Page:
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The proliferation of online public access catalogs (OPACs) requires some systematic rationale for the comparative evaluation of their designs. Considered as an indexing application, the OPAC can be analyzed by three features: the varieties of bibliographic data processed, the kinds of indexes constructed, and the ways in which the indexes are searched. No one configuration applies to every library research project with equal efficacy or likelihood of satisfying queries. However, the rationale proposed can compare and evaluate alternative library computer catalogs in terms of the library's understanding of the relationship between the library's collections and their use.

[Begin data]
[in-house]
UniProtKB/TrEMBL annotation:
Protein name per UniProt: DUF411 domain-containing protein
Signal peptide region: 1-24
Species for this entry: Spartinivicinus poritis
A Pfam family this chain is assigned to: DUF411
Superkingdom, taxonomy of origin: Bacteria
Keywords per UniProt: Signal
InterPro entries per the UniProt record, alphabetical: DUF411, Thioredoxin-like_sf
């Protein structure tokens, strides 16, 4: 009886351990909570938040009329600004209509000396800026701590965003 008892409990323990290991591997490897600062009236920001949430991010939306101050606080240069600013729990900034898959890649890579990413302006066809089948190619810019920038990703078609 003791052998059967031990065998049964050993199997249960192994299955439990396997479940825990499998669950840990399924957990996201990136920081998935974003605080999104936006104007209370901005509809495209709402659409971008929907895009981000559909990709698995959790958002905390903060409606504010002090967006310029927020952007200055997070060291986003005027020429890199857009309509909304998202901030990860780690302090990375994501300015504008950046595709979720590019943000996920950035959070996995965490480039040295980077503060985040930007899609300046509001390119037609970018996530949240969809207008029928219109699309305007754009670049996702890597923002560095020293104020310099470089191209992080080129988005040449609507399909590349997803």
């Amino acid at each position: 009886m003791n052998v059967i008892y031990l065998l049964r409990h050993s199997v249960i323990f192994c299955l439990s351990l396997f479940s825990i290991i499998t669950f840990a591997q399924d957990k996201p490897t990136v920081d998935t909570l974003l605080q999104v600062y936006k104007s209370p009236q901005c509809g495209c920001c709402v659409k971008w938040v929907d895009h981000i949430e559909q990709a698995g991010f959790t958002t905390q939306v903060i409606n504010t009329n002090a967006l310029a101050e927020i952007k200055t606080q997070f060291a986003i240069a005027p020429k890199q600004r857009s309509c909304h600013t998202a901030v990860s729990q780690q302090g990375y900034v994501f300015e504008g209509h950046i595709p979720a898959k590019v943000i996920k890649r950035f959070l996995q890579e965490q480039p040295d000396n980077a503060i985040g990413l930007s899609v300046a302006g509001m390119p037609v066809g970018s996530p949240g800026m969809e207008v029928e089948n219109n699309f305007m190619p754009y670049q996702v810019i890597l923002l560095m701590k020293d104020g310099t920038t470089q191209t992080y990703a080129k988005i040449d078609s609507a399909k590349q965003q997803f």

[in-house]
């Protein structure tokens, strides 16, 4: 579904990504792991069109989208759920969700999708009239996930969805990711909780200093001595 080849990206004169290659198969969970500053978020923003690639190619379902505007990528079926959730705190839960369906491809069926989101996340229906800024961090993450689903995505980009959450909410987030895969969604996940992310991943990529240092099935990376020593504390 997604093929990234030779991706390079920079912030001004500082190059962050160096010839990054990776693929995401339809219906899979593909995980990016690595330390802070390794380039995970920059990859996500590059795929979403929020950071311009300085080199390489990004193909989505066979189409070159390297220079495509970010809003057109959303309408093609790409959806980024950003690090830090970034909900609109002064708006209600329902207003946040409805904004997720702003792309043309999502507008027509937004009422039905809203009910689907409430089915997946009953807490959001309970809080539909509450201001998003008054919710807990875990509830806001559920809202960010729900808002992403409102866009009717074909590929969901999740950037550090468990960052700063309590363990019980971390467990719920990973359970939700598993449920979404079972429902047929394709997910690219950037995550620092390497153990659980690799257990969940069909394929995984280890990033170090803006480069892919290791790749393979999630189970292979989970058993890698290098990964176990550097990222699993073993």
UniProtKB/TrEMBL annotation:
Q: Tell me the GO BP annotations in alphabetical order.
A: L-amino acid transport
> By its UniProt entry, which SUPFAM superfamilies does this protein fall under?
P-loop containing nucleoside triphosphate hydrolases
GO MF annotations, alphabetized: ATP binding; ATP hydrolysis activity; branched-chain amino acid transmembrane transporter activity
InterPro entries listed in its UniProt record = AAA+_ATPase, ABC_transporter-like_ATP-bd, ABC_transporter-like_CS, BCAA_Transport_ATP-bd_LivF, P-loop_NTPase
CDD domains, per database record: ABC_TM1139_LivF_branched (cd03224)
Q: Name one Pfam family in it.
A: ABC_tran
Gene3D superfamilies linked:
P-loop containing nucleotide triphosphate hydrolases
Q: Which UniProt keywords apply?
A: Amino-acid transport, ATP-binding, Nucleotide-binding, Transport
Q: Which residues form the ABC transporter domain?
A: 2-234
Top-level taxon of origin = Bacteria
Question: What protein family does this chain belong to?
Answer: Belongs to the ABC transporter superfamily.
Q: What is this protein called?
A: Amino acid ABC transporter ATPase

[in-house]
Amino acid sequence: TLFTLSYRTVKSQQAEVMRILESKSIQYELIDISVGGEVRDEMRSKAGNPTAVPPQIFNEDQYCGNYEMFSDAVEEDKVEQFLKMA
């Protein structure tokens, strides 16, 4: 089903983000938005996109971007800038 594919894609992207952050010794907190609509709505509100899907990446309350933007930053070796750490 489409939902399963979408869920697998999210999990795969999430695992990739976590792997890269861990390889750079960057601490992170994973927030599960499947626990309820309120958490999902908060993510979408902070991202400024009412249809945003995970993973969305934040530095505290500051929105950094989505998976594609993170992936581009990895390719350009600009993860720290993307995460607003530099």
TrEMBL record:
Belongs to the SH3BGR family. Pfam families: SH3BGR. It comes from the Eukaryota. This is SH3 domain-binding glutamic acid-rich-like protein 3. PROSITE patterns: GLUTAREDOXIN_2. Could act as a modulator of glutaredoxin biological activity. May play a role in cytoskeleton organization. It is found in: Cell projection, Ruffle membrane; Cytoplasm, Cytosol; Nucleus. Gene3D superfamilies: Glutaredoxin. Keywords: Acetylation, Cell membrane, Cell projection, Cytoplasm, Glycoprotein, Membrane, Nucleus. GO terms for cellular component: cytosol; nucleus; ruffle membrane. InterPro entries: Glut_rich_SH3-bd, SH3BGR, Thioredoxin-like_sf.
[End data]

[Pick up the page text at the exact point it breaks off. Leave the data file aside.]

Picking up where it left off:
This article originally appeared in volume 6, issue 4 of Information Technology and Libraries.



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